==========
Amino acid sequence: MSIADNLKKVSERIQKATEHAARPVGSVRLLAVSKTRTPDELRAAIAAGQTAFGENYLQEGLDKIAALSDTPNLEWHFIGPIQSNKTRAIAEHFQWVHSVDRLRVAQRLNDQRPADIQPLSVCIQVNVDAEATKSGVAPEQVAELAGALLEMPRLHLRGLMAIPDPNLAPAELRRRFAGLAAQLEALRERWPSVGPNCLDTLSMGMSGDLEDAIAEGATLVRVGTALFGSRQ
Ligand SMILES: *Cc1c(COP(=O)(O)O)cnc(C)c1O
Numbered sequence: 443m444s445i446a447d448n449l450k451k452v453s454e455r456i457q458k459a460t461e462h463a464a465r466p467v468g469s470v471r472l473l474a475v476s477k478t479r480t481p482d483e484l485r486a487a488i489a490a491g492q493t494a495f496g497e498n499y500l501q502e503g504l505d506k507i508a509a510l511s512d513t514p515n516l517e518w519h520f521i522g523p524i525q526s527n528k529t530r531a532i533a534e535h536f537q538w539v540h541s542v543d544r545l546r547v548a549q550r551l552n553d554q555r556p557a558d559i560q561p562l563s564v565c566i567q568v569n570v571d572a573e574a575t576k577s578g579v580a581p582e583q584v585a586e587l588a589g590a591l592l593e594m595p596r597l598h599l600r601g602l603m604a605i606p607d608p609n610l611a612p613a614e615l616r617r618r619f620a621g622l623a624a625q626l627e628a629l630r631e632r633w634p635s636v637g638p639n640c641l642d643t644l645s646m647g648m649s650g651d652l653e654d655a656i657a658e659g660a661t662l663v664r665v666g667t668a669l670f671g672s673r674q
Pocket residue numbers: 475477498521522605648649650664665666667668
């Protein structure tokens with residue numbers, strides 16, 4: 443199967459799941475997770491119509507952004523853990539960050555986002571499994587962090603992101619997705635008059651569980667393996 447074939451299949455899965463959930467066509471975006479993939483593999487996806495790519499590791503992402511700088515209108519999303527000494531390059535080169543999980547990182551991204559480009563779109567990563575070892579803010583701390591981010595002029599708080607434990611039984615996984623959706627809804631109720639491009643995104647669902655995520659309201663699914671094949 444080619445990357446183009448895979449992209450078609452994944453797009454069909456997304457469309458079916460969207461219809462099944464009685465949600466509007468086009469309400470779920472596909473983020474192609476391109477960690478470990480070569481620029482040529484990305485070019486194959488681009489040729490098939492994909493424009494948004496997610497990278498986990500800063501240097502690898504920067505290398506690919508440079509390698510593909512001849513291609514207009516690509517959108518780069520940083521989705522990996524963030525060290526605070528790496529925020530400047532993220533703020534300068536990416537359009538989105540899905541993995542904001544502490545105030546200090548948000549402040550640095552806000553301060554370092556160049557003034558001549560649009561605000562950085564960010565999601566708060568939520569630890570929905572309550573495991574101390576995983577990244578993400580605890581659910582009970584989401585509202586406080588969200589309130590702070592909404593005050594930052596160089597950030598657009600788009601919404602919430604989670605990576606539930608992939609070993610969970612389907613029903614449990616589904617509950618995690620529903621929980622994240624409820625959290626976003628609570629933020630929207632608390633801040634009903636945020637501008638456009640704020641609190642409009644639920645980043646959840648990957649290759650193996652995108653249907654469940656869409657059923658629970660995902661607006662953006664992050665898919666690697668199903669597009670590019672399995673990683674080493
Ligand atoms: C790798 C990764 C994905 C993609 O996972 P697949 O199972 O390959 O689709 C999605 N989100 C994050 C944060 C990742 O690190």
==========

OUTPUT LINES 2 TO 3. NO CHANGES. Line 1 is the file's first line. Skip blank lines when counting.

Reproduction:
Ligand SMILES: *Cc1c(COP(=O)(O)O)cnc(C)c1O
Numbered sequence: 443m444s445i446a447d448n449l450k451k452v453s454e455r456i457q458k459a460t461e462h463a464a465r466p467v468g469s470v471r472l473l474a475v476s477k478t479r480t481p482d483e484l485r486a487a488i489a490a491g492q493t494a495f496g497e498n499y500l501q502e503g504l505d506k507i508a509a510l511s512d513t514p515n516l517e518w519h520f521i522g523p524i525q526s527n528k529t530r531a532i533a534e535h536f537q538w539v540h541s542v543d544r545l546r547v548a549q550r551l552n553d554q555r556p557a558d559i560q561p562l563s564v565c566i567q568v569n570v571d572a573e574a575t576k577s578g579v580a581p582e583q584v585a586e587l588a589g590a591l592l593e594m595p596r597l598h599l600r601g602l603m604a605i606p607d608p609n610l611a612p613a614e615l616r617r618r619f620a621g622l623a624a625q626l627e628a629l630r631e632r633w634p635s636v637g638p639n640c641l642d643t644l645s646m647g648m649s650g651d652l653e654d655a656i657a658e659g660a661t662l663v664r665v666g667t668a669l670f671g672s673r674q